In my previous post I began to deal with the first of two arguments that Craig Evans provides from Josephus.  Craig wants to argue that Josephus, a first-century Jewish authority, explicitly indicates that Romans allowed Jews to provide decent burials for their dead.   In this first argument Craig provides a concatenation of passages from Josephus that together, Craig argues, indicate that Jews would not leave a corpse (such as that of Jesus) on the cross, but would provide a burial for it.  Here is the argument again.

“Josephus asserts the same thing.  The Romans, he says, do not require “their subjects to violate their national laws” (Against Apion 2.73).

The Jewish historian and adds that the Roman procurators who succeeded Agrippa I “by abstaining from all interference with the customs of the country kept the nation at peace…” (Jewish War 2.220)

“… customs that included never leaving a “corpse unburied” (Against Apion 2.211).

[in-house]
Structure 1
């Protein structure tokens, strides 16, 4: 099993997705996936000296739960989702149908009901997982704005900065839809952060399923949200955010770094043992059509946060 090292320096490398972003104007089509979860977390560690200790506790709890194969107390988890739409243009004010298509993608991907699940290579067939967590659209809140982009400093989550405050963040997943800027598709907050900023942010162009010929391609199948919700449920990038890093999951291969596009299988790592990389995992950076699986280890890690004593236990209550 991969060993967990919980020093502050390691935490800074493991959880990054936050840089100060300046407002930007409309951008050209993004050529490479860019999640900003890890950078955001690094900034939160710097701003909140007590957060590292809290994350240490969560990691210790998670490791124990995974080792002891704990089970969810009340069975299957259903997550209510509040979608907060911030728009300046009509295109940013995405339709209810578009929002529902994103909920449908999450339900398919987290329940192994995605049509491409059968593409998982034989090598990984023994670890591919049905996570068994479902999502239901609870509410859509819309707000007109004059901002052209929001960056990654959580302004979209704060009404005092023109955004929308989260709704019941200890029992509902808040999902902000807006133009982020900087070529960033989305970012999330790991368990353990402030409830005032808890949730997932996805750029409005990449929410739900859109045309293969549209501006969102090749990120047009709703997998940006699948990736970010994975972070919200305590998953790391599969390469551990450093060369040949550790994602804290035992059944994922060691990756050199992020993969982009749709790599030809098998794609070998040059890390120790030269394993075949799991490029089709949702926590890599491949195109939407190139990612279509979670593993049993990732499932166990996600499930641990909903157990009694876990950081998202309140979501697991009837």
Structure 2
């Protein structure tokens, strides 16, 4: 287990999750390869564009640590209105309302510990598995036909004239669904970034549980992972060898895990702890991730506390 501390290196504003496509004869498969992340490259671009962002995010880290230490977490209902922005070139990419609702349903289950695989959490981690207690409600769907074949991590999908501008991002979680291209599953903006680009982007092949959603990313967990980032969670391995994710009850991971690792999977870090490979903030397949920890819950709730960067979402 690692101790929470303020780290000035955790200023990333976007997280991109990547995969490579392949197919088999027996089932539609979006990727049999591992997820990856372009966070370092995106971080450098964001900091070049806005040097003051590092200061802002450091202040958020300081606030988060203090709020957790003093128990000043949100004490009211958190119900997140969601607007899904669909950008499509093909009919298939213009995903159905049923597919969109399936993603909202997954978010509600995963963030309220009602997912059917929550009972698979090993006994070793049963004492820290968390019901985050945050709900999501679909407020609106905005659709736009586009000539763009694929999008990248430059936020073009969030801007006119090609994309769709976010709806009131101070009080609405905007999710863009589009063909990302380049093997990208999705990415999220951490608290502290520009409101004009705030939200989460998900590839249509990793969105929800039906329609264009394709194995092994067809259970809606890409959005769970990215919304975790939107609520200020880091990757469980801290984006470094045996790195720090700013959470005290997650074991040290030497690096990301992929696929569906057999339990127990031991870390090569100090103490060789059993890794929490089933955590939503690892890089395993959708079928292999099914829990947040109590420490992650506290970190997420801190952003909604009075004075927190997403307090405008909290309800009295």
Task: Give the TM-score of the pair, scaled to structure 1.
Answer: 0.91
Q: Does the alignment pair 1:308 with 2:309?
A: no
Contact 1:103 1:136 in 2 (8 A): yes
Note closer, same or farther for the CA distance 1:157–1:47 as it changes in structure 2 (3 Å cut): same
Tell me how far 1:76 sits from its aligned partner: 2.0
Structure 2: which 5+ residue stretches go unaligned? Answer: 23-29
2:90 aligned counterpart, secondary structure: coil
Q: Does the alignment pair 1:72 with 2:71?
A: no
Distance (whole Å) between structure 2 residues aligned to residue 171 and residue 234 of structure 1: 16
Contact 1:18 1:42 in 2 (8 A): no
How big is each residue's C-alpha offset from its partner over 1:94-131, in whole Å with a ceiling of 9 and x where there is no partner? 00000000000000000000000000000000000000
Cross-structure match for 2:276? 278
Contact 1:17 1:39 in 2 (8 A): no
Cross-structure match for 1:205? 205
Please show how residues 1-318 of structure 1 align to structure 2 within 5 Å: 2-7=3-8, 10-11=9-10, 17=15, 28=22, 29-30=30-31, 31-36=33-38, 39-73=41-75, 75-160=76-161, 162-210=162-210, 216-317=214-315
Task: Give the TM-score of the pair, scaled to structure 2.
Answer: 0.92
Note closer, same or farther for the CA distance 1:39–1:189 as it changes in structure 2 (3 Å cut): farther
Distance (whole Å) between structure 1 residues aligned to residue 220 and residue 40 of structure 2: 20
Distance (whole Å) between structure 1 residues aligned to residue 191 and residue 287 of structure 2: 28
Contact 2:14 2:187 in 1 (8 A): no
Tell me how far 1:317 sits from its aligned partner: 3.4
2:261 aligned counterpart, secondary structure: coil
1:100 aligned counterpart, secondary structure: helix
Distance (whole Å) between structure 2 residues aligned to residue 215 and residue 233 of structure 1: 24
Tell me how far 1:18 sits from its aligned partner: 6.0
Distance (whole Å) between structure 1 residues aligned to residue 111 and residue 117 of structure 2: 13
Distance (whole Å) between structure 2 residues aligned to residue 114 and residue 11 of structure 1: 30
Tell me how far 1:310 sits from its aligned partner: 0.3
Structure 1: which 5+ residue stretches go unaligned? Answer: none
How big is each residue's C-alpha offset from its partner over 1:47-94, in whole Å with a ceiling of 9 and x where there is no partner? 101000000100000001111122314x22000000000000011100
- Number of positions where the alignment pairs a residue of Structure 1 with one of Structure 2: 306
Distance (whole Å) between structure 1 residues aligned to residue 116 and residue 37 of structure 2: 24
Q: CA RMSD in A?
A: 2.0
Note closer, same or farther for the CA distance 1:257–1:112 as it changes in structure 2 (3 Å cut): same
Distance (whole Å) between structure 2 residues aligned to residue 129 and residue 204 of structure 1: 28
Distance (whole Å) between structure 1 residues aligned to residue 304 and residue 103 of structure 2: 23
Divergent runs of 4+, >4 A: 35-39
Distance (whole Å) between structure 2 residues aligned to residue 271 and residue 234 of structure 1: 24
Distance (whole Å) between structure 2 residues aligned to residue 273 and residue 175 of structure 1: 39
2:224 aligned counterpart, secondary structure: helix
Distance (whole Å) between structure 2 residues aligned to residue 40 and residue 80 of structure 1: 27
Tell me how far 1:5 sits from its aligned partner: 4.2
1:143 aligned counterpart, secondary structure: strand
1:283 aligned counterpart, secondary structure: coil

I dealt with the first quotation in yesterday’s post, where I pointed out that in Against Apion Josephus is not referring to burial practices but to idolatry: Jews were not forced to worship representations of the emperor against their customs.  Even if one generalizes the point broadly to say that Romans never forced Jews to do anything contrary to their customs, I argued that (a) this is not true and (b) leaving Jesus’ body on the cross would not require Jews to violate their customs because it was not Jews who put him on the cross in the first place.  Jewish law applied to Jews, not to Romans, and it was Romans who executed Jesus.

Jews of course would not have liked for bodies to remain unburied – just as they would not have liked other things Romans did, such as ruling the promised land and requiring Jews to pay tribute.  But in some instances, Romans frankly didn’t care what the Jews liked and didn’t liked.  When it came to punishing enemies of the state, Romans did what they thought was in their own best self-interests.  Our surviving sources indicate that this included not just

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